Anatolian Behavioral Conformations
||Lucky Hit's Autumn Shade and Lucky Hit's Autumn Tawny, pictured here at four months, are sitting among their goats and llamas in the big pasture. Observing pups in working situations over time allows on owner to correctly evaluate pups for working behaviors, demeanor, and ability.|
|Lucky Hit's Shadow Kasif (Case) standing in a working pose that exhibits a
working expression and demeanor. Note the serious look of concern on his face. ||Lucky Hit's Tawny Shadow standing with her goats in an alert guardian
Note that a head that is level with the back can indicate either a relaxed state or wary watchfulness. However, a raised head indicates an alert state of watchfulness and will be seen prior to initiation of an escalated level of aggression.
Lucky Hit's Shadow Samson (below left) and Lucky Hit's Shadow Kasif (Case)
(below right), like all my pups, were raised with goats from birth.
In these pictures both Sam
and Case signaling their submission. Note that when Case lay completely down
on the ground, the a goat became completely relaxed. This type of early and
frequent flock interaction allows a guardian pup's brain to develop to it's
maximum flock guardian potential. It also enhances the development of flock
guardian behavioral shapes in a maturing Anatolian.
Lucky Hit's Tawny Shadow (at right) moves with the herd accompanied by a kid
who feels safe at her side. Note Shadow's lowered head and relaxed tail.
Shadow's body language signals her herd that all is well. Her proper demeanor
engenders feelings of safety and comfort in her flock. |
Anatolians properly bonded enjoy spending time with their goats and can frequently be found wandering the pasture with their charges, as seen in the Lucky Hit Anatolians below. An Anatolian's owner is responsible for providing an environment that enhances innate bonding behaviors in their young pup.
positive behavioral conformation to have the greatest likelihood of being
expressed in Anatolians, the pup must be properly bonded during the important
first 16 weeks of its life. After that critical time has passed, the bonding
has less likelihood of being as close. When an Anatolian pup is fully and
correctly bonded, the pup's behavioral conformation causes the pup to feel
pleasure in accompanying its flock.
Lucky Hit Autumn Shade, pictured here at eight months, enjoys spending time
with his goats, frequently following them around the pasture.
|Lucky Hit's Shadow Sahara, shown here at 1 1/2 years, leads her goats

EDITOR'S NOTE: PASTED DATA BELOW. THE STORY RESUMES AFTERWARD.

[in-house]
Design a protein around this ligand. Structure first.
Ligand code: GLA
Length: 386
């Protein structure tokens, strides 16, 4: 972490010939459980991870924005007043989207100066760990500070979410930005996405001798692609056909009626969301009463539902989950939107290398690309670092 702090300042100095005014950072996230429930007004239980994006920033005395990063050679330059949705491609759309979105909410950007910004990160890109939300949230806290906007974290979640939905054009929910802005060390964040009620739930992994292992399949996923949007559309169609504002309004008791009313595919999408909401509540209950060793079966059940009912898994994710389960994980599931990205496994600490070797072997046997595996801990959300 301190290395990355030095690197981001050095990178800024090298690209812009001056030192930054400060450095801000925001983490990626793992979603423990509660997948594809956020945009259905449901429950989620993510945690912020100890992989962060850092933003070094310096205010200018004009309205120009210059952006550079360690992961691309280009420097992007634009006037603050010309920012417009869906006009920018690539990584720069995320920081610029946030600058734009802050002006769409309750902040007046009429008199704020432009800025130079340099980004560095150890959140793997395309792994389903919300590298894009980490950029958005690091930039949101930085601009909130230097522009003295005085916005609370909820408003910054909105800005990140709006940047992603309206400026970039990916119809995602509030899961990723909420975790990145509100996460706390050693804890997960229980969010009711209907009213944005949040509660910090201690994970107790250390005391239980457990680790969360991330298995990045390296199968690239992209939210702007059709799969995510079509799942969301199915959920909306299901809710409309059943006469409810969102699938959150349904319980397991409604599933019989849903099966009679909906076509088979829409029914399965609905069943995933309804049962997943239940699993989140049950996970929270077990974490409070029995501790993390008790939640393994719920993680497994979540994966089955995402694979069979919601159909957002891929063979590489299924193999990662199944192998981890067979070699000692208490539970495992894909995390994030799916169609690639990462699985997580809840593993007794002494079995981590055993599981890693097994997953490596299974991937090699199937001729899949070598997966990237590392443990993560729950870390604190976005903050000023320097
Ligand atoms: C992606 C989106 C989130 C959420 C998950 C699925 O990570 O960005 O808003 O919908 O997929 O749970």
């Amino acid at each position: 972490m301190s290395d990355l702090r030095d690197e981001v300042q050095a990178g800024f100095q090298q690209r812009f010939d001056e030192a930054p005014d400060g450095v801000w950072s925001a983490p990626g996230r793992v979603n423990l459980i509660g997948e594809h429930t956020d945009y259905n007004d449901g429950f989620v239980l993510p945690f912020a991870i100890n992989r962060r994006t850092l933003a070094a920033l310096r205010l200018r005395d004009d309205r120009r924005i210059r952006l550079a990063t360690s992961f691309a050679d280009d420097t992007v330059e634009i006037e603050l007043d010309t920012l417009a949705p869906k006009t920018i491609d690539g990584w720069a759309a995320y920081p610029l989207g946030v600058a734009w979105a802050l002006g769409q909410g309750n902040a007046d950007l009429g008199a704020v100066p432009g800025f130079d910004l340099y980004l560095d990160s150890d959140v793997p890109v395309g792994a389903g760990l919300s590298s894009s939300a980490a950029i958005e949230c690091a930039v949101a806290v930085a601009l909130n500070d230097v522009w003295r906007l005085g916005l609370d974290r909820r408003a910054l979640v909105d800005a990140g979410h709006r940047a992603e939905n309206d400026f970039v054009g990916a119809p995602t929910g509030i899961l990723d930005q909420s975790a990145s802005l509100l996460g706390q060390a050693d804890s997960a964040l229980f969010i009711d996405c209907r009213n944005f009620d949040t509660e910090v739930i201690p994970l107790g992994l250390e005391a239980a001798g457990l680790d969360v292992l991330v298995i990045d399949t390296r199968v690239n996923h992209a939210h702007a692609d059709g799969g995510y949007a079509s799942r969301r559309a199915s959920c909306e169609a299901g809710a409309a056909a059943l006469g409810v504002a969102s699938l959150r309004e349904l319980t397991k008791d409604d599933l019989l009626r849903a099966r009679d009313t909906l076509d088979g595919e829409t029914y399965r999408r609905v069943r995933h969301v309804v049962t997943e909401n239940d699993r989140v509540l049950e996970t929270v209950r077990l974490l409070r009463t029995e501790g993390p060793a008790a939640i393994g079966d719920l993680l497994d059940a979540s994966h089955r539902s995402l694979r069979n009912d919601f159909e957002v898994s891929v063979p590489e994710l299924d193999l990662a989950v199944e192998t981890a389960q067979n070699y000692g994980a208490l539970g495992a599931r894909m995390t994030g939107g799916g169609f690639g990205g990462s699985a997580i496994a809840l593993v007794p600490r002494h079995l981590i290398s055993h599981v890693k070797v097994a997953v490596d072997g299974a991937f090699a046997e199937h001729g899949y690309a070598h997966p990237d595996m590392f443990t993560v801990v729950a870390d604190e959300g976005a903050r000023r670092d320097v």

when entering new pasture each day. Note how serious and watchful she is,
since there are many predators in the area. Bonding like this is most successful
when a pup is kept with flock animals that are neither too aggressive nor too
||If the animals are too aggressive, they may damage a pup physically. Or
the animals may be so aggressive that the pup feels abused and learns to avoid
the flock. However, if a pup's "training" animals are weak and skittish, the
pup may learn to play roughly with its charges or even injure them, requiring
work and time to correct. The owner is responsible for placing the pup with
animals of the correct level for that pup's stage of development. If the owner
fails to maintain "training" animals of the correct level with the pup during
the pup's development, the owner is responsible for enhancing bad behavioral
conformations seen in the pup.
Older Lucky Hit Anatolian pups eating in a circle with goats eating in the background. My Anatolians are taught that they can only eat from the bowl I give them and that they are not allowed to move a less dominant dog from their bowl. They are also taught to accept my little West Highland White, Sugar.
Lucky Hit's Seven of Nine
and Lucky Hit's Shadow Kasif (Case)
interacting frequently with their goats.
Maintaining Anatolians with a large number of flock animals in a small space results in a greater frequency of Anatolian/flock animal interactions. This increase in the frequency of interactions is beneficial for enhancing working behavioral conformations in a pup's developing brain, especially during the first crucial 16 weeks of the pup's life. It is also useful in obtaining detailed information regarding an adult Anatolian's true behavioral conformations.
Young goats trust guardian dogs with highly developed behavioral conformations required in flock guardians. This type of trust is seen in the kid (below) crossing the spring with Lucky Hit's Tawny Shadow. Note that this kid leans against Shadow for safety as if Shadow were her own mother.
Early interactions between Anatolian pups and their future charges increase
the closeness of bonding. Lucky Hit's Seven of Nine enjoys
the company of two of her training goats.